Nurses' Week Spotlight: Karen Clark
On Day 3 of National Nurses' Week, we spotlight Outreach Nurse Karen Clark. Karen has been a nurse for 33 years and 13 of those years have been right here with HoG. It is an honor to have such skilled and experienced nurse like Karen working on our team, and we know how important it is to our clients to have the best, most experienced nurses possible. Thank you, Karen, for being part of our team.
Q: What territory do you serve?
A: I serve Dekalb, Rockdale, Newton, Jackson, Clarke, Madison, Banks, Franklin, Hart, Stephens, Habersham, Rabun, Towns, and Union counties.
Q: Why or how did you get into nursing?
A: I have always had a love for people and helping others. I knew from an early age I wanted to either be an Elementary school teacher or a nurse. So, during the time my grandmother was battling cancer and I was in college taking prerequisite courses, my longing for nursing grew so that I could help and care for others as a nurse.
Q: How long have you been a nurse? Did you work somewhere as a nurse before joining HoG?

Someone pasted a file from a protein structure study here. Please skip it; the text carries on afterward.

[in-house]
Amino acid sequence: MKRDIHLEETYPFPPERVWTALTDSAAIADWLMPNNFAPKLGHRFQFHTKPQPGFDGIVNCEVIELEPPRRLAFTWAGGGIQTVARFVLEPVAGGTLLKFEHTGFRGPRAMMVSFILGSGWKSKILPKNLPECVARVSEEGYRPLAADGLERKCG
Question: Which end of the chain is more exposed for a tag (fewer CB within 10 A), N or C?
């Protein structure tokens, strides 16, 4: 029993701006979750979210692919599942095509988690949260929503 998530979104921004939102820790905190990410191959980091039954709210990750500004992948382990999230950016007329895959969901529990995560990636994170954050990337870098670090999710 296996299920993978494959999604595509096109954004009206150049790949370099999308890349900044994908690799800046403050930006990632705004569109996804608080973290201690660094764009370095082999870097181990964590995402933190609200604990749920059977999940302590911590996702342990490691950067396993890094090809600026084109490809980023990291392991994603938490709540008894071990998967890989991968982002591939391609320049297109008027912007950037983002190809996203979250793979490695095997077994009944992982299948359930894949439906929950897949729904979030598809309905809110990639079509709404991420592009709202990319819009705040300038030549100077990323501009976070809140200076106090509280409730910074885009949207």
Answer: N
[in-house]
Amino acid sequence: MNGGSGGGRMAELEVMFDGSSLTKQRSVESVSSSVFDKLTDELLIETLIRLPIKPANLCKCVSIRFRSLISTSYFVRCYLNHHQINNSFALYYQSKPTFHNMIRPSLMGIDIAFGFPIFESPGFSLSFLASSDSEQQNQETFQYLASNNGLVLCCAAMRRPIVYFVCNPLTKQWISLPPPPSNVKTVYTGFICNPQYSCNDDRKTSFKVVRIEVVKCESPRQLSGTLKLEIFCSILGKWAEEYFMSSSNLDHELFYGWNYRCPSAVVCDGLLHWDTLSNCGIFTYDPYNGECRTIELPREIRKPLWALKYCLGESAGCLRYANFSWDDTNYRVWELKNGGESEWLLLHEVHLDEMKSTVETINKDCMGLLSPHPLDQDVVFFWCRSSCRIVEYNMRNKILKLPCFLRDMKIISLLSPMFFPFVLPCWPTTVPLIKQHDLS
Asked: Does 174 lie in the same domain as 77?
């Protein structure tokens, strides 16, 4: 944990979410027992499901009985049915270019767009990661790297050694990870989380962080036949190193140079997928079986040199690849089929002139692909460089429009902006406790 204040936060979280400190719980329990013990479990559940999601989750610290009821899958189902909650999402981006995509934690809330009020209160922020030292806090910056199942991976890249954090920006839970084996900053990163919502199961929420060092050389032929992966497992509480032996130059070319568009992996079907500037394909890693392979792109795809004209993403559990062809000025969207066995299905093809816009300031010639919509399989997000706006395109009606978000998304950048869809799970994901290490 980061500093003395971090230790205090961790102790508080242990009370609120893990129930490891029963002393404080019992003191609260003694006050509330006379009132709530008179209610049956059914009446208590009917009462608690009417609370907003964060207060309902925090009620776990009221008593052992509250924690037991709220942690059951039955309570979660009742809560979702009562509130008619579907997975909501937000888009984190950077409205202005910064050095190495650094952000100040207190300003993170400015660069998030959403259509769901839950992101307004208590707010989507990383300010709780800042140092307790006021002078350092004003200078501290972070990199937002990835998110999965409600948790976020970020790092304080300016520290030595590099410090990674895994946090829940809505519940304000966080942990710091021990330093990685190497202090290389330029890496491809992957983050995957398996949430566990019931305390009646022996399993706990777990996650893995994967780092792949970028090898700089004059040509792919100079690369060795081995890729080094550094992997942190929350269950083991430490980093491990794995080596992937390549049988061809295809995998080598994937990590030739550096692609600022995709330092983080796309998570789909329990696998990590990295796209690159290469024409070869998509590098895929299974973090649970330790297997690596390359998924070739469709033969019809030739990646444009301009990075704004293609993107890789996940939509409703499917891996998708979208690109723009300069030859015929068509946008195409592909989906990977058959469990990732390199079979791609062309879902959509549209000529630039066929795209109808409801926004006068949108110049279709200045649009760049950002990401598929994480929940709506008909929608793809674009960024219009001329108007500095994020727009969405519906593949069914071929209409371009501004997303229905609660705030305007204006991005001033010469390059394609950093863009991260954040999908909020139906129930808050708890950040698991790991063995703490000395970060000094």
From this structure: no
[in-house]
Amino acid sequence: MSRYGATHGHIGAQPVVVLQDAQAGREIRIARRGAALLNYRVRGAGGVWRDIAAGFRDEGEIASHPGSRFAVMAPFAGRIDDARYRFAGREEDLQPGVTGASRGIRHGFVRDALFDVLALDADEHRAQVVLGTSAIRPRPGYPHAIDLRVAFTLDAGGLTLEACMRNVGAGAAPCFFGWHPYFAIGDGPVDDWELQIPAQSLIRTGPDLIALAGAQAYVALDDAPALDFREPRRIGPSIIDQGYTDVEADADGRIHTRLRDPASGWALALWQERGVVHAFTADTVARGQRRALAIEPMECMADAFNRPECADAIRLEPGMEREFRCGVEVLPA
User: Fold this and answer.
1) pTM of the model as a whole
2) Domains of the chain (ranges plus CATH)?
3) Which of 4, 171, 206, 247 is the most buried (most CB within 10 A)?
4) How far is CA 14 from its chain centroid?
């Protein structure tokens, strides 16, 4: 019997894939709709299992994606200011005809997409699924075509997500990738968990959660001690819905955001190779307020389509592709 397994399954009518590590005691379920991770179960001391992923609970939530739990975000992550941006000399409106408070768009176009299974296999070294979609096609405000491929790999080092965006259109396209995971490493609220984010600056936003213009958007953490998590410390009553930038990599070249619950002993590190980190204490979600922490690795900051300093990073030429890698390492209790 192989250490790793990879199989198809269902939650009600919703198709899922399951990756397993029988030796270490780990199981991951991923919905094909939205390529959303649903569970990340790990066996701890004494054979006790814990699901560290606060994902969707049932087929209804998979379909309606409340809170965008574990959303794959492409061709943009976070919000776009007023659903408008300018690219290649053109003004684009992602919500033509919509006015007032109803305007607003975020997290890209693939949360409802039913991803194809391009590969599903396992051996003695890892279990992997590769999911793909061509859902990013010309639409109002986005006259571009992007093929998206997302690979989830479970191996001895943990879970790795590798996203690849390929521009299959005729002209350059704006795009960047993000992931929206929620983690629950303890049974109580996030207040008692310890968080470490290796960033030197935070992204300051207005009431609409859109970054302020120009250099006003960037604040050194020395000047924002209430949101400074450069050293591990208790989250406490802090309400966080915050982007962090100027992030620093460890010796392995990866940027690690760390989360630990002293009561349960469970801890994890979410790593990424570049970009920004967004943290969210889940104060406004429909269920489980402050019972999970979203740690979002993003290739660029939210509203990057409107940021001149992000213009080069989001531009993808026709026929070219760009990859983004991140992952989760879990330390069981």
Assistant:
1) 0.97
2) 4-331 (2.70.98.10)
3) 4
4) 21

A: I have been a nurse for 33 years. I went to Children’s Healthcare of Atlant at Scottish Rite after graduating from Kennesaw College School of Nursing in 1987. I worked on the Medical/Respiratory floor and also Med-Surgical floors for 20 years prior to coming to HoG. I have been at HoG for 13 years.
Q: What do you enjoy most and/or what are you most proud of in your role at HoG?
A: I love working with our clients and getting to know them so well. It is very rewarding to work diligently with clients and their families in educating and training them to learn to care for their bleeding disorder. When they accomplish self-infusing that is a huge success and so great to share the excitement with them. Also, all the programs and events that we get to share with our clients is so fun and also rewarding to work at Camp Wannaklot with our campers as they learn more about living with their bleeding disorders and also as they enjoy camp with others that have bleeding disorders.
Q: What do you think is the most important contribution of nurses to the inherited bleeding disorders community or as a whole (beyond the inherited bleeding disorders community)?
A: The most important contributions I feel are the training, teaching, and supporting our clients and families to learn about their bleeding disorder, to advocate for themselves. Also, the training to learn to infuse a child or the client learning to self-infuse could take many, many visits, and during this time, the families begin to trust us and have actually said we are like their own family.